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Saturday, January 21, 2012

My Bursitis Ordeal

  I have had pain in my right hip for years, I figured from working as a certified nursing assistant for 22 years. I was always lifting a person and always on my feet. It started out just small but the pain got so bad I went in September 2010 to a orthopediac Dr.  He took some xrays, that combined with my sysptoms he diagnosed me with bursitis and tendonitis in my right hip. He gave me a cortisone shot said sometimes the medicine last a couple months sometimes a year, I was thinking wow if I could get relief for a year I would be overjoyed.
Well the shot helped at first, I wasn't feeling much pain, I was able to do a little more than normal. I had gotten to where I didnt go down the basement stairs much and hated to drive due to lifting my leg. The shot lasted me about 2 weeks and I was back to limping bad, having great pain, and sitting in my chair when I wasn't working.
Work was very hard for me as I had to walk alot, I was always up and down.
I went back to the same orthopediac Dr about March 2011 he said there wasn't much else he could do except give me another shot it wasn't a bone problem, But he gave me another shot, it hardley did anythign for my pain. When I called his office a month later to tell them the shot did no good he refered me to a pain Dr. I went to this Dr several times. On the first visit he ordered a body scan, xrays, a ct scan of  my hip he prescribed pain meds, and scheduled me for a pain block.
I had the first pain block it did some good for about a month I was able to drive and do move around more, but it didn't seem worth it to go through anesthesia for a month of pain relief. 
Since that only lasted a month he recommended I have a procedure where they burn the nerve. ( I do not remember the medical term for the procedure) He wanted the nerve burned in my lower back becase he believed my hip pain was comming from my back it was traveling. He is a Dr who am I to argue so we scheduled the procedure and I had it done. I felt bad after that surgery was over. This was September 2011 and I am still having lower back pain it is something that I can live with but.. I did not have pain before this procedure. and it did nothign for my hip pain. So I was back to square one again. When I went to the Dr and told him I was having back pain since his procedure he referred em to a orthopediac Dr. he ws able to look up the results of the tests I had and his opinion I had severe Bursitis and tendonitis of my right hip, which is exactly what the first orthopediac Dr said. He reocmmended that i do physical therapy that alot of times that relieves the pain.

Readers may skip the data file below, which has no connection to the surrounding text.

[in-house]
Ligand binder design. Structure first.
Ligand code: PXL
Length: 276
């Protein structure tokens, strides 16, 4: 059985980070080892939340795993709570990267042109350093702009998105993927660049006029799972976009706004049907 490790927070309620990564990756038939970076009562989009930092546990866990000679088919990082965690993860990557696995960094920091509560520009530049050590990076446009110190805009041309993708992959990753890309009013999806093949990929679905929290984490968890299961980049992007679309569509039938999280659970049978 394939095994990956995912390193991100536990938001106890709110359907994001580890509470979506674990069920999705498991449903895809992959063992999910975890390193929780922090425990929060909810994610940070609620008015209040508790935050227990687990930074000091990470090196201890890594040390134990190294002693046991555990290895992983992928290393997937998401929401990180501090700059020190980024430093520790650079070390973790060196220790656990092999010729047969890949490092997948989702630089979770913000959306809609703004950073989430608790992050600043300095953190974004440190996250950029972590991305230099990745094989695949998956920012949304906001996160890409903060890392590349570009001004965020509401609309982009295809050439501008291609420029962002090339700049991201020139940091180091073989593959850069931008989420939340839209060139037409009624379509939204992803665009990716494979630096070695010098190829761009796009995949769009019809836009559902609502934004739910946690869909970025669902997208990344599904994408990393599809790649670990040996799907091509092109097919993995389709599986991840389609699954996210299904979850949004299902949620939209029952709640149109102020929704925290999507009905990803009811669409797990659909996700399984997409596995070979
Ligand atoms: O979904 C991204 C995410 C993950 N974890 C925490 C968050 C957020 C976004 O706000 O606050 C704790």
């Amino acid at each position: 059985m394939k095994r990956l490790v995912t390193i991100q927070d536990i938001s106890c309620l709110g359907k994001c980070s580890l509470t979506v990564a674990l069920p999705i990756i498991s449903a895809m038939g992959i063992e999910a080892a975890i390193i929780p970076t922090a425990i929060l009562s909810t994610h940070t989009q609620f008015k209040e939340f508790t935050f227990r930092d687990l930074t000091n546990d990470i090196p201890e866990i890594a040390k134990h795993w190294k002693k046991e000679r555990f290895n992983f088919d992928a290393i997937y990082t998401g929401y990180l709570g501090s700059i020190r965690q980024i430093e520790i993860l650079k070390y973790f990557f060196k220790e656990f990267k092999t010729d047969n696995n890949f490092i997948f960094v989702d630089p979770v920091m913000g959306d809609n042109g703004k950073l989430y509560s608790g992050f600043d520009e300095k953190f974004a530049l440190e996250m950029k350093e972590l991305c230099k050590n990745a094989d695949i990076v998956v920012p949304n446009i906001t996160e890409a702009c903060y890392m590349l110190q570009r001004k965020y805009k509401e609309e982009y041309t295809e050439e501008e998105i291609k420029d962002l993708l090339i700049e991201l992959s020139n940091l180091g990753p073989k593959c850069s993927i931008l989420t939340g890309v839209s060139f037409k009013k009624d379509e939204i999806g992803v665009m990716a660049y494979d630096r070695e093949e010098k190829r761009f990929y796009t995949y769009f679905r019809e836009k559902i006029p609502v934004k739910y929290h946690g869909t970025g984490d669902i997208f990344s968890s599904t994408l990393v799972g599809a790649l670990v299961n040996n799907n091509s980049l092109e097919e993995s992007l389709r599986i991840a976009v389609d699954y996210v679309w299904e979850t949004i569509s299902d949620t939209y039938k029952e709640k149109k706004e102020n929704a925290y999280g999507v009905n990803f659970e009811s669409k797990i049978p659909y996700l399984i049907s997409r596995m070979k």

Bursitis is inflammation of a bursa. A bursa (the plural form is bursae) is a tiny fluid-filled sac that functions as a gliding surface to reduce friction between tissues of the body. There are 160 bursae in the body. The major bursae are located adjacent to the tendons near the large joints, such as the shoulders, elbows, hips, and knees.
A bursa can become inflamed from injury, infection (rare in the shoulder), or due to an underlying rheumatic condition. Examples of bursitis include injury as subtle as lifting a bag of groceries into the car to inflame the shoulder bursa (shoulder bursitis), infection of the bursa in front of the knee from a knee scraping on asphalt (septic prepatellar bursitis), and inflammation of the elbow bursa from gout crystals (gouty olecranon bursitis).
The symptoms of bursitis are directly related to the degree of inflammation present in the bursa. The inflamed bursa can cause localized pain and tenderness. If the bursa is so inflamed that swelling occurs, it can cause local swelling and stiffness, sometimes associated with local redness and warmth. The inflammation can make it painful to support body pressure. For example, hip bursitis can make it difficult to lay on the affected side of the hip. Bursitis in the knee, for another example, can make it painful to lay with the knees touching each other.
Bursitis is typically identified by localized pain or swelling, tenderness, and pain with motion of the tissues in the affected area. X-ray testing can sometime detect calcifications in the bursa when bursitis has been chronic or recurrent.
More to come!

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